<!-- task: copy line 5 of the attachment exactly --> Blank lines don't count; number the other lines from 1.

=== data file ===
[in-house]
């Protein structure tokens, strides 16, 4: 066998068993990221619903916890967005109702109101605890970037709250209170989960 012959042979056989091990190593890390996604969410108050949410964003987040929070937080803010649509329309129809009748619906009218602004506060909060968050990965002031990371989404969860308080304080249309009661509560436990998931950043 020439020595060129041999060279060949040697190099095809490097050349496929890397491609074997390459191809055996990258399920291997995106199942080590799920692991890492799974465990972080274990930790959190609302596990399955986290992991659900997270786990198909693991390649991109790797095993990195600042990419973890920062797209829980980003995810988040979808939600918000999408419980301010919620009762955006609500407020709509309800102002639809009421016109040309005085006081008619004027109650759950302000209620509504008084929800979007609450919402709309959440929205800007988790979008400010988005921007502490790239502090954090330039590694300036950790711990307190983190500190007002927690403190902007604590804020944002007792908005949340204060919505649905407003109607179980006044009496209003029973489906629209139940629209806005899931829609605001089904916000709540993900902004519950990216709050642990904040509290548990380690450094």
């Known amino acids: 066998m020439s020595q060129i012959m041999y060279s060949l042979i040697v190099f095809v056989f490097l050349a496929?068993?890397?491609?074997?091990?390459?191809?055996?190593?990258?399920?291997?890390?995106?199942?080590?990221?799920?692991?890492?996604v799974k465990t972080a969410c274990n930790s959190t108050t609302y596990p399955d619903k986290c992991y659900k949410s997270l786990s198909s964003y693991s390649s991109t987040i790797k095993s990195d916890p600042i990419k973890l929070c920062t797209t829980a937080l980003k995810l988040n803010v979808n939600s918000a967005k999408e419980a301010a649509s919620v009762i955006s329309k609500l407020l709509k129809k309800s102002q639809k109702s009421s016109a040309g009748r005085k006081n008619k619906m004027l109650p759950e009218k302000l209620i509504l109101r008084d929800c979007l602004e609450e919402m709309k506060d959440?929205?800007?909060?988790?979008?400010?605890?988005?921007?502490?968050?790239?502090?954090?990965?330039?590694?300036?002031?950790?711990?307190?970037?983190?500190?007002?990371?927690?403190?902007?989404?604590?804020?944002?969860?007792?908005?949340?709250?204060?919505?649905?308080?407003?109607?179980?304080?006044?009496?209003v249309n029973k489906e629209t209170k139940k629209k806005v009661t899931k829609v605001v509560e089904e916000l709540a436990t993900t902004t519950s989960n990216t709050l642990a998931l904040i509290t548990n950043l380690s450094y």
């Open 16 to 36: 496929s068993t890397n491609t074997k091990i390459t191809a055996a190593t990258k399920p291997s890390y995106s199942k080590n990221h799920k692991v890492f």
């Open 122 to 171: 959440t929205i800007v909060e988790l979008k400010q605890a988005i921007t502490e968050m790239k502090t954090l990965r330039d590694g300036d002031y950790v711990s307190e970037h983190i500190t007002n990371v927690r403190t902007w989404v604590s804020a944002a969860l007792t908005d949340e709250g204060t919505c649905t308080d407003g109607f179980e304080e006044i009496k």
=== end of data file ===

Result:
């Open 122 to 171: 959440t929205i800007v909060e988790l979008k400010q605890a988005i921007t502490e968050m790239k502090t954090l990965r330039d590694g300036d002031y950790v711990s307190e970037h983190i500190t007002n990371v927690r403190t902007w989404v604590s804020a944002a969860l007792t908005d949340e709250g204060t919505c649905t308080d407003g109607f179980e304080e006044i009496k």